|ICRC Activities in Rwanda: 1993 - 6 April 2000 (International Committee of the Red Cross , 230 p.)|
10,000 UNACCOMPANIED CHILDREN REGISTERED SO FAR
Details of the identity of nearly 10,000 children separated from their parents have been registered to date in Rwanda and in refugee camps in Zaire, Tanzania and Burundi.
The ICRC is giving top priority to this task. We are only at the initial stages, said Alfredo Mallet of the ICRCs Central Tracing Agency. This operation will certainly keep us busy for years to come.
The ICRC on its own could not collect and process all the details gleaned from the children. It is therefore working in cooperation with other relief agencies, religious institutions and centres for unaccompanied children. Registrations are coordinated by eleven ICRC delegates. The information is then fed into a centralized data bank which can be consulted in all ICRC offices in the region: Kigali, Ruhengeri, Gikongoro and Butare (Rwanda), Kabale (Uganda), Goma and Bukavu (Zaire), Ngara (Tanzania) and Bujumbura (Burundi). This makes it possible to reply to the queries of Rwandans who turn to the ICRC in the hope of finding their children. So far there have been about a hundred such enquiries, and a dozen cases have been solved.
Many families dont seem to know that the service exists. It was set up by the ICRC and other organizations - UNHCR, UNICEF, the Save the Children Fund, the International Federation of Red Cross and Red Crescent Societies - which are all anxious to assist these children. Several radio stations have now started broadcasting information about the tracing service in the local language, Kinyarwanda, so as to make it better known. This is a great help, said Alfredo Mallet.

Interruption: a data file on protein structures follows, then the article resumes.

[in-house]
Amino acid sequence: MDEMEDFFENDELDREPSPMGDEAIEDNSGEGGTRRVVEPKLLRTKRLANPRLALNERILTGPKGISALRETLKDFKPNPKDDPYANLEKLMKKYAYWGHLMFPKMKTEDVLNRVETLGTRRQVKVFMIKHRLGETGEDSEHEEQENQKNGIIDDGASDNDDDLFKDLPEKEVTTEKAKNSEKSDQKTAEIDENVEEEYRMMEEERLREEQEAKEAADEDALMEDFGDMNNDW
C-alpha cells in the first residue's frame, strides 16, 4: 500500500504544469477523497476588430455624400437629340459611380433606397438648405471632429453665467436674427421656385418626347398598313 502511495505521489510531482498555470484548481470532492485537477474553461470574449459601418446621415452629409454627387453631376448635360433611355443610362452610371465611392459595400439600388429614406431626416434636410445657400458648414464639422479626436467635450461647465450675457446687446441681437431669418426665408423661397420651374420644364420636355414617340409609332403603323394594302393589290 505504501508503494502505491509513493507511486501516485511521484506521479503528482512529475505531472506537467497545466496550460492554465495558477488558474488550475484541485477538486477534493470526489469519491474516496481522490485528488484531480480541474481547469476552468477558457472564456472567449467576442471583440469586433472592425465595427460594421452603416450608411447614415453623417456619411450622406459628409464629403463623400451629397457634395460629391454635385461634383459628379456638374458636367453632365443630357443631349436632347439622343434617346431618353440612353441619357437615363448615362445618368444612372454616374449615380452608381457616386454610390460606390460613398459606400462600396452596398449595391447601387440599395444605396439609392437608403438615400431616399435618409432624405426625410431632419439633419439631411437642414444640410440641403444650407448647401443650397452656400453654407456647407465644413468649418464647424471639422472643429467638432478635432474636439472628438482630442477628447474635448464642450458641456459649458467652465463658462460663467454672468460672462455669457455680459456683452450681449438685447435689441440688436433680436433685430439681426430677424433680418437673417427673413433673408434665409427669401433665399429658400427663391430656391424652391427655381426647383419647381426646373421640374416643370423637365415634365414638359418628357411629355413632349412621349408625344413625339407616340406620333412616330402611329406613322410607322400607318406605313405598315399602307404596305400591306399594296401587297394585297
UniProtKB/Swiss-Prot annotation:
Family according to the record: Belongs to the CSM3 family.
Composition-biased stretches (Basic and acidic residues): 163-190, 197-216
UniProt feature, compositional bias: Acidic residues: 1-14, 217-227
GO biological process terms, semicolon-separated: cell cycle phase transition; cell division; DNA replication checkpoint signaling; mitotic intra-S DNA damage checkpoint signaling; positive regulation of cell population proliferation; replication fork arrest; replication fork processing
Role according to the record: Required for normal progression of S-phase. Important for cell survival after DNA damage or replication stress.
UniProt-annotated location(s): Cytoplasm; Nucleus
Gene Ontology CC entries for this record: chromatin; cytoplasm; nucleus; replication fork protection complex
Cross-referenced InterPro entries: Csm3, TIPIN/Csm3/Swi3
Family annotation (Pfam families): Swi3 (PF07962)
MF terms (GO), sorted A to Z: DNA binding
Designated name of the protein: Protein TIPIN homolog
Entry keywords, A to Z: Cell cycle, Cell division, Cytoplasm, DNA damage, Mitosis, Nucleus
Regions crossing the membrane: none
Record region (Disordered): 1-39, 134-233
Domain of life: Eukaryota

5,000 Red Cross messages
Another service seeing a rapid expansion in the region is the Red Cross message network. In recent weeks more than 5,000 messages have been forwarded. At first messages could be exchanged only between refugee camps in Zaire, Tanzania and Burundi or with other countries, but a few days ago they began to be distributed within Rwanda as well. Messages for Kigali are now accepted if the sender is sure that the addressee is in the capital.
Prisoners too can contact relatives
The refugees are not the only ones using the Red Cross message service. The 2,000 prisoners registered by the ICRC in six places of detention in Rwanda are also given the opportunity to write to their families.
Further information: Patrick Fuller, ICRC Nairobi, tel. + +
2542 716 339
Tony Burgener, ICRC Geneva, tel. + + 4122 730 2317